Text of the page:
What’s a seder
The seder, a festive holiday meal, actually means “order.” It is called this because the meal is done in a certain order which takes us from slavery to freedom. The Haggadah – which means “the telling” – is the book used at the Passover seder. The Haggadah explains the foods on the seder plate, recounts the highlights of the Exodus, and includes songs, prayers, questions and vignettes.
How serious is this?
Seders are meant to be low-key and fun. Questions are welcome and a lighthearted spirit is in order. After all, we are celebrating that we are not slaves anymore. At the seder we can rejoice, take our time, and ponder the questions of freedom and service to God. Many people recline at the seder to celebrate being free.
Why is the Exodus from Egypt so important for Jews?
Because of the Exodus, the idea of enslavement formed a permanent impression on our collective consciousness. This, coupled with continuing admonitions in the Bible to take care of the less fortunate, has led us to be a people perennially concerned with world injustices and the disenfranchised.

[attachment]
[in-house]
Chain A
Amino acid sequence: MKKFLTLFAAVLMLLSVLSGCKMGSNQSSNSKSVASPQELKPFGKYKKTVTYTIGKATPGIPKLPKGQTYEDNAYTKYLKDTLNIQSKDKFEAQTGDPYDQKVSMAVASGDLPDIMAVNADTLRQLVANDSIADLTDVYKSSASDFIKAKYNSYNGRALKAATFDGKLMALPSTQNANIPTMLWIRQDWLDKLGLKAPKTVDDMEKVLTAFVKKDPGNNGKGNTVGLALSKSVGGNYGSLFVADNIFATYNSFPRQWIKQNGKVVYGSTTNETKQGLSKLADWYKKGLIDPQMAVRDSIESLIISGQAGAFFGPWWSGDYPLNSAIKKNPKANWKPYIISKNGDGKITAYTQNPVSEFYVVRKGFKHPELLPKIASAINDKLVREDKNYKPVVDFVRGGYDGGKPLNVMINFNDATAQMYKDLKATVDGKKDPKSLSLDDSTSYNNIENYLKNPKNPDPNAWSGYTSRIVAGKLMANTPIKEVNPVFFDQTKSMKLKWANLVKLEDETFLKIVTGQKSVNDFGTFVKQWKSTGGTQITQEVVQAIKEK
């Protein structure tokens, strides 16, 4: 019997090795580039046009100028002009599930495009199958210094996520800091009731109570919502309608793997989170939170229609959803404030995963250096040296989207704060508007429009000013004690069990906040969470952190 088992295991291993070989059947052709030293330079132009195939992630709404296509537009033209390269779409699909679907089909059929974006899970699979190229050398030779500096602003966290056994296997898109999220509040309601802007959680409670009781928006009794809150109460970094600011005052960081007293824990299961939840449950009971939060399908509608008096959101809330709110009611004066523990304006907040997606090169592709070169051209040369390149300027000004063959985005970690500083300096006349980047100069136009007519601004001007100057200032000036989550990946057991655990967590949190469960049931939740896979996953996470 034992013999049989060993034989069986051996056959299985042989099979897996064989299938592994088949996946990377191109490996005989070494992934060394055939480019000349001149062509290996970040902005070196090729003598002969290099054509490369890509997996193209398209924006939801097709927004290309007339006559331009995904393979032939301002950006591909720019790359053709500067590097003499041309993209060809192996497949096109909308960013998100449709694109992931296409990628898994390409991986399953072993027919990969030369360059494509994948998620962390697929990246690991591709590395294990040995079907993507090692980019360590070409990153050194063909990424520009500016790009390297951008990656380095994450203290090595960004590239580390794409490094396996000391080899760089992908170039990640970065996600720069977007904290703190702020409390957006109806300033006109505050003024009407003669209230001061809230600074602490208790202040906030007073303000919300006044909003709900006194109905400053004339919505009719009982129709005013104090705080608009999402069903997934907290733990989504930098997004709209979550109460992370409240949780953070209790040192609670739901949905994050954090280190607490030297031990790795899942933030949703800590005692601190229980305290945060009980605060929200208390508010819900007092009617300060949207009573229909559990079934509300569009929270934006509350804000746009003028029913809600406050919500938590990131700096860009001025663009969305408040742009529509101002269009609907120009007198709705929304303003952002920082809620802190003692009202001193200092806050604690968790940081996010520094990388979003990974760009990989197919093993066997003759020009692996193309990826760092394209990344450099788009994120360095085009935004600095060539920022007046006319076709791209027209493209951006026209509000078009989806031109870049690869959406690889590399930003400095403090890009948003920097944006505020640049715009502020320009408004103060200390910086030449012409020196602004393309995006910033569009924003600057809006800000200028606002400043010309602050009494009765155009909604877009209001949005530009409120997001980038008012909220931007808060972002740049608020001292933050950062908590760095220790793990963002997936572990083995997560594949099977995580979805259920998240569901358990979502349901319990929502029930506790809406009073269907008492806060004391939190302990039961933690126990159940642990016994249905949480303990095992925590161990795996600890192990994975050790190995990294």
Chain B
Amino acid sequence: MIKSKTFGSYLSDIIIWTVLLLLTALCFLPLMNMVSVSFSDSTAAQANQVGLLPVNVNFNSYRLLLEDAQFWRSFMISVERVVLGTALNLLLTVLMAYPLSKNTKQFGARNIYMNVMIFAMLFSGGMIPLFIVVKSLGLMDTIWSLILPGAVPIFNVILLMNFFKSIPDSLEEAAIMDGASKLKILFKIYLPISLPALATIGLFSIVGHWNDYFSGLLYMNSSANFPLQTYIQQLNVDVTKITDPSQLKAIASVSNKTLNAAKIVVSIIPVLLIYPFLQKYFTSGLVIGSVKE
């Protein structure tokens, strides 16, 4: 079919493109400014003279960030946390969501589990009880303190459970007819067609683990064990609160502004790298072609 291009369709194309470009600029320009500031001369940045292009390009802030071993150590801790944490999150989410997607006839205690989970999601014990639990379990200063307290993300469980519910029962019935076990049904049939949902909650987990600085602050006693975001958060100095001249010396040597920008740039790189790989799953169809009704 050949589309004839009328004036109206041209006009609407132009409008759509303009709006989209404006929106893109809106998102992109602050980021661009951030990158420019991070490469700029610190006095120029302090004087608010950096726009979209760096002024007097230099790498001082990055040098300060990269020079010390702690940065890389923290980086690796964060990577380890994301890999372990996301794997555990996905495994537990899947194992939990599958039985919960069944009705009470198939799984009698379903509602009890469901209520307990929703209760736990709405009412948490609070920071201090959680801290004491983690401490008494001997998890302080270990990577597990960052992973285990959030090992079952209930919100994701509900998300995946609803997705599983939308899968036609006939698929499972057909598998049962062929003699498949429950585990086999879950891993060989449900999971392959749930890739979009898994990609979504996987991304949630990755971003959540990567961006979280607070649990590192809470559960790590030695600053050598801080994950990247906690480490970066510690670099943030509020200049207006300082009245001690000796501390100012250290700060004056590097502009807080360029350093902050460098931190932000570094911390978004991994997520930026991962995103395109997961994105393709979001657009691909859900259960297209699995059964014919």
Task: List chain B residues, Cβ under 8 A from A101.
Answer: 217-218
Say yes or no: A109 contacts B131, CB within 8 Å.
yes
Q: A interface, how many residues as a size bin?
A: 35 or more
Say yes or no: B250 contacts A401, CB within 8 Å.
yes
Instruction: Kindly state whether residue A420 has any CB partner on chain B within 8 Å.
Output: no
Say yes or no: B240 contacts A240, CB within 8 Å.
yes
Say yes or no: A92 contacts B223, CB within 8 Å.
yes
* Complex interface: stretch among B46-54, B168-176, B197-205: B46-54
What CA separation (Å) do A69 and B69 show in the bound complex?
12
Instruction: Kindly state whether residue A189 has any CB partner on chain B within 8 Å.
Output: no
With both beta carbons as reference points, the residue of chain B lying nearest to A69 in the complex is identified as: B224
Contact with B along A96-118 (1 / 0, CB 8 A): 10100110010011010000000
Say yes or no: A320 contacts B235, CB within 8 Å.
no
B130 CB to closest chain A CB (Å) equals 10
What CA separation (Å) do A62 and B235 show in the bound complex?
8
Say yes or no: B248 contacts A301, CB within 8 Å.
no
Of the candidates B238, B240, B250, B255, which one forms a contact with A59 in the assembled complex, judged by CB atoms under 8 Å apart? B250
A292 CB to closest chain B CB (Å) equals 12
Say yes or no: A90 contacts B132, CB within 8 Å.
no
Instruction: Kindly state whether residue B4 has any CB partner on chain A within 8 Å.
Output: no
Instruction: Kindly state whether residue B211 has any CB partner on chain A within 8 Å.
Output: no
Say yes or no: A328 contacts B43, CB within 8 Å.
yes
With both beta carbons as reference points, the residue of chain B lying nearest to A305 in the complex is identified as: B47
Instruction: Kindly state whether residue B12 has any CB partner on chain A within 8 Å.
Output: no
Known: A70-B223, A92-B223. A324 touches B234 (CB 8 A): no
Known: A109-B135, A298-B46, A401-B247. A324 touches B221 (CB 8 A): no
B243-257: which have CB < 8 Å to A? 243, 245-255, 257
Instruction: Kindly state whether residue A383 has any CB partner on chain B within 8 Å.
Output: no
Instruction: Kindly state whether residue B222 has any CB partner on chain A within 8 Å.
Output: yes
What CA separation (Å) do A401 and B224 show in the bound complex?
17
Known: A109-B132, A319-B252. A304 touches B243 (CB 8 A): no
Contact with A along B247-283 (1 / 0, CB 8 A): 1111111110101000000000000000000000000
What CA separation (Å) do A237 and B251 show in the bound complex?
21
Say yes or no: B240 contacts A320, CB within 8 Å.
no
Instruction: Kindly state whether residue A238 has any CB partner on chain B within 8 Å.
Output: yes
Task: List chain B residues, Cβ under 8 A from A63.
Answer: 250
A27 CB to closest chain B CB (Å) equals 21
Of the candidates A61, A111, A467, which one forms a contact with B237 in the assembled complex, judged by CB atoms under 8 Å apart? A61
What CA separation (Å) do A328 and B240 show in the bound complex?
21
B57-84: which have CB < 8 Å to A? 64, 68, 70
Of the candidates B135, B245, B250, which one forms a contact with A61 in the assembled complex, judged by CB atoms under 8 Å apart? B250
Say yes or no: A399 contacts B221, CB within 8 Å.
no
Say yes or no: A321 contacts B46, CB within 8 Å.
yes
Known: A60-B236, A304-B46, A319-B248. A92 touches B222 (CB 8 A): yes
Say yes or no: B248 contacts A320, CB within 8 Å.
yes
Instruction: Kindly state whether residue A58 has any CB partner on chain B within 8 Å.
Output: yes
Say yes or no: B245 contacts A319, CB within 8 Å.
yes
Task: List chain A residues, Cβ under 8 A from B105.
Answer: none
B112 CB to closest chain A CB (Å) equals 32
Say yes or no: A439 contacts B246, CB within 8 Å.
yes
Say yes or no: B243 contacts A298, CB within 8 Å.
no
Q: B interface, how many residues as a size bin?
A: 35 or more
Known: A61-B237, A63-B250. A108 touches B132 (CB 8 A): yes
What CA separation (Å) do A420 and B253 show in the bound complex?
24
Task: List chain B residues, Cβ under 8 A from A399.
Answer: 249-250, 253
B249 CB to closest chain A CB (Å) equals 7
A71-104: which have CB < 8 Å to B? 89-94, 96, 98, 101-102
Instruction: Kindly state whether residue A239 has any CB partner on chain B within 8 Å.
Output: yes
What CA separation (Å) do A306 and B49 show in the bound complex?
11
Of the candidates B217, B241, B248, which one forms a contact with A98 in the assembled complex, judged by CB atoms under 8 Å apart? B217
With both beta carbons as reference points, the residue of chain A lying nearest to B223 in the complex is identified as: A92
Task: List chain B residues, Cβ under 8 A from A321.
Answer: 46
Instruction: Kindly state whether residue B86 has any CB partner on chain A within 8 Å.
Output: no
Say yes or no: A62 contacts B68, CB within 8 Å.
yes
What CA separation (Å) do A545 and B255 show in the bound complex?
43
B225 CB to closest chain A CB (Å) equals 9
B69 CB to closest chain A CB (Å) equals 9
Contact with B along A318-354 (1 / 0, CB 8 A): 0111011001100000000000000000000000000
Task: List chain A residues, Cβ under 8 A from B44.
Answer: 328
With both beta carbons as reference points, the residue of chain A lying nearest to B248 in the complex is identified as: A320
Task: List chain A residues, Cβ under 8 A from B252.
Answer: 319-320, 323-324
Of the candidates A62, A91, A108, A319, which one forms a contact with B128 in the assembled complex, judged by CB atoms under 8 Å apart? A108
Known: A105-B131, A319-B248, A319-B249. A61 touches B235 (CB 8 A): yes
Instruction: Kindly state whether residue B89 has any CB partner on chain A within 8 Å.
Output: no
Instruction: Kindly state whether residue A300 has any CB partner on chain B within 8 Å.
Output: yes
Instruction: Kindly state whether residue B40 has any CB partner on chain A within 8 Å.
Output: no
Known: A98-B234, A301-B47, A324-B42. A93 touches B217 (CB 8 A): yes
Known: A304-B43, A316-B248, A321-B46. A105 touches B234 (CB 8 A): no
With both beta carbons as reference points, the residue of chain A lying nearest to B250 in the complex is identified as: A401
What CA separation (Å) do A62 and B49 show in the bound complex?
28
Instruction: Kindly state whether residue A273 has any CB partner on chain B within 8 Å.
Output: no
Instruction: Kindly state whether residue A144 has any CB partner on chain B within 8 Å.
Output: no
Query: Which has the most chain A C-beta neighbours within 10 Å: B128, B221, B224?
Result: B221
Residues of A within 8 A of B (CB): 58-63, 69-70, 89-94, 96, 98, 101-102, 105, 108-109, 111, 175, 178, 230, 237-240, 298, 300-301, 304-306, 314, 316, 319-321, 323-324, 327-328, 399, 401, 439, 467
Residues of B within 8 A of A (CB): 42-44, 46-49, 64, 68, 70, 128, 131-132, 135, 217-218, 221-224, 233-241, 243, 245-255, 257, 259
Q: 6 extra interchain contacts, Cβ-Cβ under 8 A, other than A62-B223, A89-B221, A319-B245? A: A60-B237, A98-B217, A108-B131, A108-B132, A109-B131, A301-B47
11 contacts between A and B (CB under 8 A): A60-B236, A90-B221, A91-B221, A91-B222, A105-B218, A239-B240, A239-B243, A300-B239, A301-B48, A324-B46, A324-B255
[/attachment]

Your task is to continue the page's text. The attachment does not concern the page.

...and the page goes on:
The Exodus is our archetypal story of God as Deliverer and Redeemer. Here we learn that injustices can be fought and that we can draw strength from God.
With this expulsion from Egypt we became a people (no longer just a family group) on a symbolic as well as physical journey. Here we start our journey to Sinai where we will receive the Ten Commandments. We leave Egypt to serve God and to head toward the Promised Land.
What’s a seder